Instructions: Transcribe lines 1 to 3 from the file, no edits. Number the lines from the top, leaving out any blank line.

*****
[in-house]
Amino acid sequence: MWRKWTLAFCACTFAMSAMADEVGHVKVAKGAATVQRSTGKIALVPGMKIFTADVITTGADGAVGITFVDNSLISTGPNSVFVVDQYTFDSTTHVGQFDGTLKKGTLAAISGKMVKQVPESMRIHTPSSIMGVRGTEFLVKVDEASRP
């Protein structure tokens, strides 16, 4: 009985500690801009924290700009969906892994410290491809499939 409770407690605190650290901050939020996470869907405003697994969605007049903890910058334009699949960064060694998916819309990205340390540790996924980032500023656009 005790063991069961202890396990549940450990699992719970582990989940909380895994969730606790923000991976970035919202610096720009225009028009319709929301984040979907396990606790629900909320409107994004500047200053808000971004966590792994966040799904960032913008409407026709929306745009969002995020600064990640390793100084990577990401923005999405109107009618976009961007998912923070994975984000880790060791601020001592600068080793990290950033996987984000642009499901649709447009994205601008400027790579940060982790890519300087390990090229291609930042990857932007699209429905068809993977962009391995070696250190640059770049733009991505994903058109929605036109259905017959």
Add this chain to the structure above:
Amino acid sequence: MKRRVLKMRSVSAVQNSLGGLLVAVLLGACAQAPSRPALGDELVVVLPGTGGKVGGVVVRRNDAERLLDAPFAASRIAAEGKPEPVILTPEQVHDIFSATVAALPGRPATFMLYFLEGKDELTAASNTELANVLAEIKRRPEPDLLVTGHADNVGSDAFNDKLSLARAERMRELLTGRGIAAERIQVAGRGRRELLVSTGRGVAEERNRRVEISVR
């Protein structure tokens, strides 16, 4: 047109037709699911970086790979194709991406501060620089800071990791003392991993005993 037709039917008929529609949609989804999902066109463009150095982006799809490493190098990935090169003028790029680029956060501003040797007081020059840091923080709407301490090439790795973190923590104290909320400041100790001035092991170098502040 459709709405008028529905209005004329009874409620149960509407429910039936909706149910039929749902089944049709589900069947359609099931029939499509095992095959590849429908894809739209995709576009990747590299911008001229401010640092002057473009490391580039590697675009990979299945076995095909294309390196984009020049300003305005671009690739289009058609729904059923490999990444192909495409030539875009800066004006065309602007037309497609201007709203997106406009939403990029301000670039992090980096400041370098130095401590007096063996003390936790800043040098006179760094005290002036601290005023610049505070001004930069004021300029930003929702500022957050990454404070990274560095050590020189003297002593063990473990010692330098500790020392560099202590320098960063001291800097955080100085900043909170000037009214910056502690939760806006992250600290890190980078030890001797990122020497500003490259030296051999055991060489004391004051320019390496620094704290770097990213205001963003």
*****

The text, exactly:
[in-house]
Amino acid sequence: MWRKWTLAFCACTFAMSAMADEVGHVKVAKGAATVQRSTGKIALVPGMKIFTADVITTGADGAVGITFVDNSLISTGPNSVFVVDQYTFDSTTHVGQFDGTLKKGTLAAISGKMVKQVPESMRIHTPSSIMGVRGTEFLVKVDEASRP
């Protein structure tokens, strides 16, 4: 009985500690801009924290700009969906892994410290491809499939 409770407690605190650290901050939020996470869907405003697994969605007049903890910058334009699949960064060694998916819309990205340390540790996924980032500023656009 005790063991069961202890396990549940450990699992719970582990989940909380895994969730606790923000991976970035919202610096720009225009028009319709929301984040979907396990606790629900909320409107994004500047200053808000971004966590792994966040799904960032913008409407026709929306745009969002995020600064990640390793100084990577990401923005999405109107009618976009961007998912923070994975984000880790060791601020001592600068080793990290950033996987984000642009499901649709447009994205601008400027790579940060982790890519300087390990090229291609930042990857932007699209429905068809993977962009391995070696250190640059770049733009991505994903058109929605036109259905017959």